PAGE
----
Ryerson aims to acquire Empress hotel site

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By Diana Hall

Ryerson President Sheldon Levy revealed to The Eyeopener that he plans to take over the old Empress Hotel lot at the edge of Ryerson’s campus if negotiations with the current owners fail.

An initial notice of intent has been delivered to the office of Glen Murray, minister of training, colleges and universities, who would be the approving authority on an application to expropriate land under the Expropriations Act.

It’s a mighty tool in the real estate world that would give the university the power to acquire land it deems vital to its academic and structural development.

Although the site’s co-owners, members of the Lalani family, have said that they are not interested in selling the empty lot at Yonge and Gould Streets, Levy said the university will apply to expropriate the space “if necessary.”

“We can only ask for expropriation. The law doesn’t give us the ability to just say to someone ‘leave, thank you very much,'” Levy said. “There is a big process which requires the government to approve it.”

The site of the six-alarm blaze that led to the demolition of one of Toronto’s heritage buildings is a desirable space for the university. Elisabeth Stroback, executive lead, capital projects and real estate at Ryerson, said that the space at 335 Yonge St. would complete the university’s vision for a “gateway” into campus.

But she said that Levy’s notice to expropriate was “premature.”

“We are still negotiating with [the owners], and the preference is always purchase the property,” Stroback said.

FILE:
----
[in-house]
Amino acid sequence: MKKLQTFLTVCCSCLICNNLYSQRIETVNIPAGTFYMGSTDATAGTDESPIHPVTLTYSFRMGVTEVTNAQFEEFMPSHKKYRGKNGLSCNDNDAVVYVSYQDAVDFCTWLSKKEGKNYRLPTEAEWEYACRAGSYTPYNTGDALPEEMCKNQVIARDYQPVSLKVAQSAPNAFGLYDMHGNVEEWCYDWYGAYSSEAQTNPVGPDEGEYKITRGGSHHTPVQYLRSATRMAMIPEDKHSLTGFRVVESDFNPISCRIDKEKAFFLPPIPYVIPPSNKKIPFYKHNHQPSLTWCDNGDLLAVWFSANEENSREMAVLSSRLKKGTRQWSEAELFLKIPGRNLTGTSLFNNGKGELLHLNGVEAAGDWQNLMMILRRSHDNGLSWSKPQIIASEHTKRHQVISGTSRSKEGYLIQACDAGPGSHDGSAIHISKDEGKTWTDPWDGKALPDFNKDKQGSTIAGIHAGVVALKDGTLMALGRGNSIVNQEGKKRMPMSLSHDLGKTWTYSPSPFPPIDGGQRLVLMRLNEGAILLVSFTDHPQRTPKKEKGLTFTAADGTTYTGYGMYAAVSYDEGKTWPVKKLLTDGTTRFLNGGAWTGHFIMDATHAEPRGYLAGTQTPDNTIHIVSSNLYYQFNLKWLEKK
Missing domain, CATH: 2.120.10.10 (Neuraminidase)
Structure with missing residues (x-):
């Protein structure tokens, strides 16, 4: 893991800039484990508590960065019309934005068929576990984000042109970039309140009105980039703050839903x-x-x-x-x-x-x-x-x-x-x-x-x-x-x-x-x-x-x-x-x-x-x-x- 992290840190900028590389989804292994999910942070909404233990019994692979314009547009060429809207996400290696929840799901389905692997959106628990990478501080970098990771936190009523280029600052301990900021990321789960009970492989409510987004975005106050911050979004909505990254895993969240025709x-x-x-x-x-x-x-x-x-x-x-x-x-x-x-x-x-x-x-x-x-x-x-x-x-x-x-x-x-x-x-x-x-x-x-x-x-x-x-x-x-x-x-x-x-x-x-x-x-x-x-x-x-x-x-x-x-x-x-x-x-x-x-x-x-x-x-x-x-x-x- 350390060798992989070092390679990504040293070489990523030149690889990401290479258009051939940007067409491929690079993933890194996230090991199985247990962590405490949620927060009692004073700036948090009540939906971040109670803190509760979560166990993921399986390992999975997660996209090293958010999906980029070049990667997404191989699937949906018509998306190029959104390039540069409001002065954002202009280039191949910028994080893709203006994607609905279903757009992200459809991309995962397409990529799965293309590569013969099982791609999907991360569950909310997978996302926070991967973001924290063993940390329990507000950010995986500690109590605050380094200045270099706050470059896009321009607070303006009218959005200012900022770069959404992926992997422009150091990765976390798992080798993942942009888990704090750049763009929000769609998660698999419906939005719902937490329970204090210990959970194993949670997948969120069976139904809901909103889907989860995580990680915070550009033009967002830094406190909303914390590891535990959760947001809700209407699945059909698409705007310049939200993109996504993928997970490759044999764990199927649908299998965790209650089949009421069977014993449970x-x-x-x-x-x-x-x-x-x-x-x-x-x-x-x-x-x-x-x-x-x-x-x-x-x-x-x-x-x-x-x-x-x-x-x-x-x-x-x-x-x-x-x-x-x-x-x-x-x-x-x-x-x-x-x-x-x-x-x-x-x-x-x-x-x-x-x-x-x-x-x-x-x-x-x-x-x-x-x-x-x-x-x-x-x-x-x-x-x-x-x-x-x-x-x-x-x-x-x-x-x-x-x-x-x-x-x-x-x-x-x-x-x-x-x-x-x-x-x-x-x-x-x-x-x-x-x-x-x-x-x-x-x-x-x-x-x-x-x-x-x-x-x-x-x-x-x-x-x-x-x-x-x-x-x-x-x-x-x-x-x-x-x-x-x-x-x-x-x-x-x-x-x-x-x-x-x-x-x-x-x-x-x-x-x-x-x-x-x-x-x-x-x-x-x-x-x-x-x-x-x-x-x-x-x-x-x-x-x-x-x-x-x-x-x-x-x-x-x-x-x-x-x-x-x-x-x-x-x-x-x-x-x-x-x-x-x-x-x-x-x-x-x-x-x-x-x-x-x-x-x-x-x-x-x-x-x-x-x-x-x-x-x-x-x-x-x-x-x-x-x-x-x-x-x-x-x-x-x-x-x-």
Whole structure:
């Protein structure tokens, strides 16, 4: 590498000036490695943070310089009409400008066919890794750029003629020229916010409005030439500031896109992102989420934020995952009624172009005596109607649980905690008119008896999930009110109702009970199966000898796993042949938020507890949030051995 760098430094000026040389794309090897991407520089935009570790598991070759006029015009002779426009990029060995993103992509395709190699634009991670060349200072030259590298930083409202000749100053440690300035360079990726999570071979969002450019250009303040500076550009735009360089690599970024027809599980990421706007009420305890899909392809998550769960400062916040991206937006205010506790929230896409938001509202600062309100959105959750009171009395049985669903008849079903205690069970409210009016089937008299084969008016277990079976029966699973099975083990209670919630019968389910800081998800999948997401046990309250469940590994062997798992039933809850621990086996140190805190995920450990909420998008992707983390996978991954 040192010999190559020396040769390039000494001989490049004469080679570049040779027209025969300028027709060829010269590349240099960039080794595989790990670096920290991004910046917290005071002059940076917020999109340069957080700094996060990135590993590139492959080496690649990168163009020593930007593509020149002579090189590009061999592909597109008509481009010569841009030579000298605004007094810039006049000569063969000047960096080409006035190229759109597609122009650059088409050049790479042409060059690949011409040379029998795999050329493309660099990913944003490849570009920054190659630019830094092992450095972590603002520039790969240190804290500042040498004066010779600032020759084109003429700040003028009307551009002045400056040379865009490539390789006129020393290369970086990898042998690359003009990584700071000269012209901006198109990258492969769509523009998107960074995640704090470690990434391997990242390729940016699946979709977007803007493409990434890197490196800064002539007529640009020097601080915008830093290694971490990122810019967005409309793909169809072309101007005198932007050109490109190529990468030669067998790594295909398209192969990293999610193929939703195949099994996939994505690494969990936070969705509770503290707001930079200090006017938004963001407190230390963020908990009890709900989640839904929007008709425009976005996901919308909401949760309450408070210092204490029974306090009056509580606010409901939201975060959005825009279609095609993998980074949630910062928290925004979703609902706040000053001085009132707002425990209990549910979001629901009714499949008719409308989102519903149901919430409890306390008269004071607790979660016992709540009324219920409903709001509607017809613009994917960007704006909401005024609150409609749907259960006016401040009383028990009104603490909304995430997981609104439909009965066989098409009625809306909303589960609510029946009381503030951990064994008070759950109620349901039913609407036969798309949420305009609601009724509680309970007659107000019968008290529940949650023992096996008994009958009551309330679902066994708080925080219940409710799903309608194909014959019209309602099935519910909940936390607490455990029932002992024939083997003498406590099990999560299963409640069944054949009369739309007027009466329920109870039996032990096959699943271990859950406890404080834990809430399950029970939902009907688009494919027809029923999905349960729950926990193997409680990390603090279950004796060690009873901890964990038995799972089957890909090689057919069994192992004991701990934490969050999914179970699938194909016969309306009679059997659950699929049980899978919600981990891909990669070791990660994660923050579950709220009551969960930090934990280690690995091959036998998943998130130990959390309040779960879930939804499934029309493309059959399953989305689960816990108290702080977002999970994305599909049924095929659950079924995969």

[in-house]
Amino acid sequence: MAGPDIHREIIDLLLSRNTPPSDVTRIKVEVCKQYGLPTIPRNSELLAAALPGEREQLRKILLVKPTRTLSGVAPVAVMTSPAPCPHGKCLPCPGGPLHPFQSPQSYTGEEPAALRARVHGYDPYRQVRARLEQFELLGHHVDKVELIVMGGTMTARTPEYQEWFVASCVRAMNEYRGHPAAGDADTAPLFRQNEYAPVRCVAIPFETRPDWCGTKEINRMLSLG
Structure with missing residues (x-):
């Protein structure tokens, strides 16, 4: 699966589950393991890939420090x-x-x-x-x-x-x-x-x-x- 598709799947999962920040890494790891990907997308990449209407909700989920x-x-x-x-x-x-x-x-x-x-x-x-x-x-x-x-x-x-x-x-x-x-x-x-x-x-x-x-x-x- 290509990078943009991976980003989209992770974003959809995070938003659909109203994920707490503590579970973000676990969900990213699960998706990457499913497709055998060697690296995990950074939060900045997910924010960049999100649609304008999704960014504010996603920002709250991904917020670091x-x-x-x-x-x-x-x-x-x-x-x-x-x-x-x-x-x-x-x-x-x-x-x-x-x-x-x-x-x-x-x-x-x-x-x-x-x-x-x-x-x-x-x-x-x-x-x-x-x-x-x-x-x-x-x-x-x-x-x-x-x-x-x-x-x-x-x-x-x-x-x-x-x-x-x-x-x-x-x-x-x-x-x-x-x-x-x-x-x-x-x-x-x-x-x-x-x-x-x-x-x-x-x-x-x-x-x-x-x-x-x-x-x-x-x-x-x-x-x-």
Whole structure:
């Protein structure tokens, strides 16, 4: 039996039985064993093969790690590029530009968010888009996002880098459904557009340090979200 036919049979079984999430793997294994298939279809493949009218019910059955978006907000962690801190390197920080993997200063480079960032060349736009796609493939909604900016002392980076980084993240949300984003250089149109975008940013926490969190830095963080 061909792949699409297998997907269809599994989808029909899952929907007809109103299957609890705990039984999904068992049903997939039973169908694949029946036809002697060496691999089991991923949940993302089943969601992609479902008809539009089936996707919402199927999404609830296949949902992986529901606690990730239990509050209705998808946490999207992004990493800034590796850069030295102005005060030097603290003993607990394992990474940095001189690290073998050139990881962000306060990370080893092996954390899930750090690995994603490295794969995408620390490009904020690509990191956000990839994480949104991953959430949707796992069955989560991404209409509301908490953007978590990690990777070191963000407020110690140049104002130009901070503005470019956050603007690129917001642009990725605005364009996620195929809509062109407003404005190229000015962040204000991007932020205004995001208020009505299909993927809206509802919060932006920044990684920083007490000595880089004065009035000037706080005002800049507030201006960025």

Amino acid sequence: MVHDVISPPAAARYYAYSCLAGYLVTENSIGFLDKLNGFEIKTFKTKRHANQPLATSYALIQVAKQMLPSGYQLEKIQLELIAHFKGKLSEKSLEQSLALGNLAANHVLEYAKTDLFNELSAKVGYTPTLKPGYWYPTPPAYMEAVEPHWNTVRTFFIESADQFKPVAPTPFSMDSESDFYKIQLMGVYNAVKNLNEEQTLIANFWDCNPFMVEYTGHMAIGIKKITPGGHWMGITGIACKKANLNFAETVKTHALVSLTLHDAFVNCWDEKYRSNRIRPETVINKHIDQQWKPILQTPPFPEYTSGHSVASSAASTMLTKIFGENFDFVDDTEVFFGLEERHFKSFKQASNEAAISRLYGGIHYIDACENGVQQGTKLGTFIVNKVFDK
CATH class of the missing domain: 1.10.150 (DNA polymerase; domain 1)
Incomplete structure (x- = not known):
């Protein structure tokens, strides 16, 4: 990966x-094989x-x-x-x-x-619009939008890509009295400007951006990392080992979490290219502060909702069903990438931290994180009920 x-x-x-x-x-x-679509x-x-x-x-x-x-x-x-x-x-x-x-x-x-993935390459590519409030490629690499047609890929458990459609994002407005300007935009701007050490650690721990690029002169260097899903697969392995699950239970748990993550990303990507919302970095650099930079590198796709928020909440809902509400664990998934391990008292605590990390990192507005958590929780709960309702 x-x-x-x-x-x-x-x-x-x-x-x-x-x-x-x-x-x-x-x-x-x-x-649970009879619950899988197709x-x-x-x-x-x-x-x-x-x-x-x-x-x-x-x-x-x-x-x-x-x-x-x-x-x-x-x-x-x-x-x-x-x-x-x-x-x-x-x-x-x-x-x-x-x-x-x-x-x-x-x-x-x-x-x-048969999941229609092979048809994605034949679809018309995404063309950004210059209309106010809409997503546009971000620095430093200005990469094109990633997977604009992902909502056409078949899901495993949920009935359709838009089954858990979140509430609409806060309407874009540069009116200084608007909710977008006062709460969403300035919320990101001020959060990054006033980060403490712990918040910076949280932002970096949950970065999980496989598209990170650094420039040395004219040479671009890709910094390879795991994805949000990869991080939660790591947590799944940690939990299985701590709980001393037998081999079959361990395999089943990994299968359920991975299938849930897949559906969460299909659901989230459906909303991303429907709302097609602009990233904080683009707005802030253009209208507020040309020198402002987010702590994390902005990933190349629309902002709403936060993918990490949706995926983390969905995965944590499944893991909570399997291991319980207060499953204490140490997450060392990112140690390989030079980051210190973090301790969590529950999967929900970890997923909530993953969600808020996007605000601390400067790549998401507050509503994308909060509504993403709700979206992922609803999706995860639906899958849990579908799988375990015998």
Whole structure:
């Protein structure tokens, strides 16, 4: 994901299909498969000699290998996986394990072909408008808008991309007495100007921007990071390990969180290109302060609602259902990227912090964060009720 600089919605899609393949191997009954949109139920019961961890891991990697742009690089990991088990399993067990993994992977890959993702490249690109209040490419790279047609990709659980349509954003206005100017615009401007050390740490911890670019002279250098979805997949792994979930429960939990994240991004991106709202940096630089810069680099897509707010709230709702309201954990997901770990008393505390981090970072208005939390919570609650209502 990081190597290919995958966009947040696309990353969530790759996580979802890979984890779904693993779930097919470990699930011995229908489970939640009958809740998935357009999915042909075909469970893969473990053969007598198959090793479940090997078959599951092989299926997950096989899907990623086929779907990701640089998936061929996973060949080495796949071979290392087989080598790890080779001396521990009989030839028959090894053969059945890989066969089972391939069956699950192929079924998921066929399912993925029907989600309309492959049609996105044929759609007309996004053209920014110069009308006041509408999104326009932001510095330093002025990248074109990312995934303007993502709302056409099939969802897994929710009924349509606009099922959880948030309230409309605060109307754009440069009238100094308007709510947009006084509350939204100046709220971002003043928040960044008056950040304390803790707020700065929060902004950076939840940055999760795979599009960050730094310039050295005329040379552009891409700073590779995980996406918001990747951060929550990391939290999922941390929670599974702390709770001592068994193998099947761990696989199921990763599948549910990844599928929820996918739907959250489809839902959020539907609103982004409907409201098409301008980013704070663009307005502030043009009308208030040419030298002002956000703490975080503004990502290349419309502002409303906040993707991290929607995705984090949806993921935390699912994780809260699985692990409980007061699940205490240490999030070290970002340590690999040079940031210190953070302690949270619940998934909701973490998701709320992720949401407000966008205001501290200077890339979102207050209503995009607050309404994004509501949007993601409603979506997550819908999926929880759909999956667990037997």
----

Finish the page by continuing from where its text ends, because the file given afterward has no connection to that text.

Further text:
Expropriation is fragile, but not unfamiliar territory for the university: a threat was enough to capture the venerable site of the Student Learning Centre, the former home of Sam the Record Man. Only then was an agreement reached with Bobby and Jason Sniderman, co-owners of the iconic landmark and sons of the store’s namesake.

Although the owners of 2160943 Ontario Ltd. plan to rebuild on the site, Levy has both a timeline and a Master Plan to satisfy. Levy is also well into his second term as president of Ryerson, a position that historically hasn’t been extended past two five-year terms.

The Yonge Street lot would round out his vision of Ryerson breaking through the barriers of Toronto – and, if time is running out, he has less than two years to secure it.

“We’ve been in discussions with them with regard to the development of that property,” said Levy. “We know of their ambitions and they are owners of that property so they have every right to have their own ambitions.”

Will Ryerson acquire the lot before the end of Levy’s term as president? Levy answered: “One hundred per cent.”

Members of the Lalani Group could not be reached for comment.

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